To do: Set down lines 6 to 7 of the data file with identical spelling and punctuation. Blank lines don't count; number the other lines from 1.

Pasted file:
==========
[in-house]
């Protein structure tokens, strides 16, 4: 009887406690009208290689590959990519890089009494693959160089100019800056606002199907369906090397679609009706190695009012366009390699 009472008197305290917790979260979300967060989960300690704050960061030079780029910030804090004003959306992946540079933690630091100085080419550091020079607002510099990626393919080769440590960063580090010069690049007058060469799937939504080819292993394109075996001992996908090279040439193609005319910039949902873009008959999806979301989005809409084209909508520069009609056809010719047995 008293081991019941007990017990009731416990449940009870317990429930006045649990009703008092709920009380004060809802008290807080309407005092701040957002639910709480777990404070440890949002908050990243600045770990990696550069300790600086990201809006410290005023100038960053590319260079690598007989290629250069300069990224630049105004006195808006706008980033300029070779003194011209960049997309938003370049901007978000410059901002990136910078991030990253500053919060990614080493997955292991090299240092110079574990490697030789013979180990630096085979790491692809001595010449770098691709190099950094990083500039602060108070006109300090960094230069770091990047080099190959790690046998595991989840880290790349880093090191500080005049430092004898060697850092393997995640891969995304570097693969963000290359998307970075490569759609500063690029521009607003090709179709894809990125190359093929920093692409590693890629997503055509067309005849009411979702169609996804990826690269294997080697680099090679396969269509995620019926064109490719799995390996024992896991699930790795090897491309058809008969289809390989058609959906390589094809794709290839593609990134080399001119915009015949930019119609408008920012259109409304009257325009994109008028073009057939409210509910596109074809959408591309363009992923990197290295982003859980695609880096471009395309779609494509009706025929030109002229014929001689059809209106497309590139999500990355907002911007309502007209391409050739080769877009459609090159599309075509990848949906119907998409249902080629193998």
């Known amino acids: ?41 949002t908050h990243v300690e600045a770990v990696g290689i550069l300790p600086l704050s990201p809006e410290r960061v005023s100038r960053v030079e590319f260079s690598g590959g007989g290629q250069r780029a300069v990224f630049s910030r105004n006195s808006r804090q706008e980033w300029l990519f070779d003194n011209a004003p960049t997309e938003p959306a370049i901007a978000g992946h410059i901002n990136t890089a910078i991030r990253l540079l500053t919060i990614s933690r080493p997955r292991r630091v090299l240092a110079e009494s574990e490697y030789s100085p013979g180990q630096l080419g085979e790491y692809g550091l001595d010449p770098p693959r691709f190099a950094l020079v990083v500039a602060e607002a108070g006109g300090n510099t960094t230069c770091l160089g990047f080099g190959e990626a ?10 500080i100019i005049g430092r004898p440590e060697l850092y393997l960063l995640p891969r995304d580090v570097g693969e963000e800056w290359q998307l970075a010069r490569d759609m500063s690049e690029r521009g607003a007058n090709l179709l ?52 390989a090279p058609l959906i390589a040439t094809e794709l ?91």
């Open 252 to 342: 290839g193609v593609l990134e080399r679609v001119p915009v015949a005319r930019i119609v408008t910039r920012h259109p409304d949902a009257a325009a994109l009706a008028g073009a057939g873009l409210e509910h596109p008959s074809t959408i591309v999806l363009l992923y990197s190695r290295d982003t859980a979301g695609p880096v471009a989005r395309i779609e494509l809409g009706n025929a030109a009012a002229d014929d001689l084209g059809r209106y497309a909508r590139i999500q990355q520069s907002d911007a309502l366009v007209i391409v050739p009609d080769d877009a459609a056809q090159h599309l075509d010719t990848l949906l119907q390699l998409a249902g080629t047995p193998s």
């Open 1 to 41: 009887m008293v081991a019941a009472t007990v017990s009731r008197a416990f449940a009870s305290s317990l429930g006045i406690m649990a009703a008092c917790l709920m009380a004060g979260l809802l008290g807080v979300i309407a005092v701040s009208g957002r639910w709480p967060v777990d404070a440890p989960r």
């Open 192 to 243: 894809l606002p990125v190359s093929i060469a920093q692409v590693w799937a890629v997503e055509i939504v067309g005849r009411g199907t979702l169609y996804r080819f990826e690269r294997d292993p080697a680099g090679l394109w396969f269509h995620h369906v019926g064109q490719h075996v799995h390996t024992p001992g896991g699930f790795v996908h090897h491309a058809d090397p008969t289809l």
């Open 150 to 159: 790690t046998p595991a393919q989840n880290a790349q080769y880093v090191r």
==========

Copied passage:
């Open 192 to 243: 894809l606002p990125v190359s093929i060469a920093q692409v590693w799937a890629v997503e055509i939504v067309g005849r009411g199907t979702l169609y996804r080819f990826e690269r294997d292993p080697a680099g090679l394109w396969f269509h995620h369906v019926g064109q490719h075996v799995h390996t024992p001992g896991g699930f790795v996908h090897h491309a058809d090397p008969t289809l």
């Open 150 to 159: 790690t046998p595991a393919q989840n880290a790349q080769y880093v090191r």